As we sampled, Kris told us the composition of each beer, what ingredients lent what flavors, how it was all concocted.

The brew masher machine cuts through the core of the pub. Near it, we smelled jars of hops, and Kris explained the blue-collar roots of Seattle’s logging and fishing industries, and the booze and prostitution professions that sprang up around it. Today, Pike Brewing, in tandem with Seattle, is a sustainably conscious company.

Leaving Pike, we came out into Post Alley, the grimy but salacious corridor of Seattle’s nightlife.

Then, we zipped along the Viaduct, the suspended highway that shoots past the city’s famed architecture on one side, and magnificent Elliott Bay on the other, with views of the Cascades, Mt. Rainier, the Olympics, and urban landmarks that define this western outpost.

We headed to West Seattle across the bay and past the huge port—to a spot that marked the beginning of it all: Alki Point. There the Denny party had touched down on the schooner Exact and laid claim to this area, naming it… New York.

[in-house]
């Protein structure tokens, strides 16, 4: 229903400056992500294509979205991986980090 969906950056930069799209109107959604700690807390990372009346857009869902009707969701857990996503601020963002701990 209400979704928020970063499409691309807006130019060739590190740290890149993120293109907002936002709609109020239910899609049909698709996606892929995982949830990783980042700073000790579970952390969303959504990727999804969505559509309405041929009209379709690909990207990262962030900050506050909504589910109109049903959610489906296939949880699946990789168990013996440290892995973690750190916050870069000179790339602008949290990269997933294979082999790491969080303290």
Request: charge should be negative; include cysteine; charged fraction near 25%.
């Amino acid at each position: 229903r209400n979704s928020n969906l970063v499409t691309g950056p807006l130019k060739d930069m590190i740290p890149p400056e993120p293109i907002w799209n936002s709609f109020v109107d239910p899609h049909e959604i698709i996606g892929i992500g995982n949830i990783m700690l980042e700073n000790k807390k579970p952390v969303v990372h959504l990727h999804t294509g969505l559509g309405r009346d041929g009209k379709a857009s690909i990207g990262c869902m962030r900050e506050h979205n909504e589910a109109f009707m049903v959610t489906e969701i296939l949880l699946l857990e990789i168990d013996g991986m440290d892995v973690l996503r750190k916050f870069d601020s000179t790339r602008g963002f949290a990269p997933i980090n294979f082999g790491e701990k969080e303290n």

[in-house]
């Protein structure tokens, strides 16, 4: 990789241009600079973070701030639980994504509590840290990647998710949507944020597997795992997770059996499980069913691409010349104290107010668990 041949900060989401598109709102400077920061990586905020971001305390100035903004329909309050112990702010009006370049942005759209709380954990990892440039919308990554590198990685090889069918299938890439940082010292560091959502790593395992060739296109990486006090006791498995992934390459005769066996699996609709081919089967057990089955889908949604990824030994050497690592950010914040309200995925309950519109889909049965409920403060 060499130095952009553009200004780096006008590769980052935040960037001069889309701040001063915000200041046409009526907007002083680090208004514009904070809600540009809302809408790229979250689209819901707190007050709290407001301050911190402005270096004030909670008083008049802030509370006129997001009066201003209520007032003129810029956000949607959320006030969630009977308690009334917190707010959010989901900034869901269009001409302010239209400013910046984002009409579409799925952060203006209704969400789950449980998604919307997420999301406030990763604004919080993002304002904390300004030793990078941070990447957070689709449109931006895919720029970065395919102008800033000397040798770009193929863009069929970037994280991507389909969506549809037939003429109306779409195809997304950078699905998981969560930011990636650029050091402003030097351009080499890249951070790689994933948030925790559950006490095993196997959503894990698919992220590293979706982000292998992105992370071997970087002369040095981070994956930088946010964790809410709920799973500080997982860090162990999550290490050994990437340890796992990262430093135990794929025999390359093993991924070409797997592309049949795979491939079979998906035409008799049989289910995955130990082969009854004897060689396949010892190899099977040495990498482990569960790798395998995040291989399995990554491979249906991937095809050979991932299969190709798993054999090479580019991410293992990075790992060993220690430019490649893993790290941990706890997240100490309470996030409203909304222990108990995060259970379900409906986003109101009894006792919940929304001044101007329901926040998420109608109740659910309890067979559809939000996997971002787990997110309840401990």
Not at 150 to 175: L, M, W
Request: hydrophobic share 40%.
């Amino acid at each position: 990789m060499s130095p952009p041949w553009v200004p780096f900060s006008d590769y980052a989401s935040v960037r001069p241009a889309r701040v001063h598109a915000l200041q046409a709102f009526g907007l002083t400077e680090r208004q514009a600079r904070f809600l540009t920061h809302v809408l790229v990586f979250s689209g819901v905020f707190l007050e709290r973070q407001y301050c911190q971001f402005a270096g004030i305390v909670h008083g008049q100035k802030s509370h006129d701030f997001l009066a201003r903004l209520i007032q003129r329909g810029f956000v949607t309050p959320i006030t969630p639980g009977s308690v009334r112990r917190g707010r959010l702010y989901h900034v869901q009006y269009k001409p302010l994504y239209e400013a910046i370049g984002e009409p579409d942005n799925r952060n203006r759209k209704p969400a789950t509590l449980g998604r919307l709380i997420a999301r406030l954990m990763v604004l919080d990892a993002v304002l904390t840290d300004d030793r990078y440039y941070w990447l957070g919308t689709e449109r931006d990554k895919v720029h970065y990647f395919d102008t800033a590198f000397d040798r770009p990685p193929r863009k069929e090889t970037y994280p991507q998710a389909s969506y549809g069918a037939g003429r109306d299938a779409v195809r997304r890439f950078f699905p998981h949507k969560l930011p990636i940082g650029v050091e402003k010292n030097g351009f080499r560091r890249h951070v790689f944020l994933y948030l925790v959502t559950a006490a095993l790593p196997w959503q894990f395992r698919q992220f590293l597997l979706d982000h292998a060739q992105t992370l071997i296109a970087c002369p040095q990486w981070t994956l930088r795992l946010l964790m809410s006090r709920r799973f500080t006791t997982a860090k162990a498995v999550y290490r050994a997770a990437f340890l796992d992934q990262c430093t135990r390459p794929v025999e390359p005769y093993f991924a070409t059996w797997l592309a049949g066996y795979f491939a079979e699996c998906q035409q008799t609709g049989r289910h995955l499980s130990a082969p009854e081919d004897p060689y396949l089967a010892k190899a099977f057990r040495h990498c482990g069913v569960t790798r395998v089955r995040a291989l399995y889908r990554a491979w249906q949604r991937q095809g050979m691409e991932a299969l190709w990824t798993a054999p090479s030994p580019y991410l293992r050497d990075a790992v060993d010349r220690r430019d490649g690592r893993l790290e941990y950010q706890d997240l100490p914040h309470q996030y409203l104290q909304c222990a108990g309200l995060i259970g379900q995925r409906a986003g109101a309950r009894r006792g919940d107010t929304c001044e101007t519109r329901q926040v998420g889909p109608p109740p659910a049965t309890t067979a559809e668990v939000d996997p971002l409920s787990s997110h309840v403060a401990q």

Yes, New York. And yes, they realized once they took a glance around that the name didn’t quite fit. So, they left it, Kris told us, as Alki, from the Duwamish Indians meaning “tomorrow” or “into the future,” and carried on with creating a city in the mudflats of Elliott Bay, what’s now Seattle’s Pioneer Square.

It was Elliott Bay Brewing Company, in the bustling center of West Seattle’s Admiral District, that we took warmth in the dark booths. Elliott’s award-winning crafts were probably the most intriguing of journey. Made with organic hops, the ale is bold but intricate in flavor. One line is blended—as in, a stout with a pale.

With a smaller group of strangers becoming friends over laughter and drink, we didn’t just ingest the beers, but also mused over each sample. In that way, Kris made sure we walked away with a deeper appreciation of each.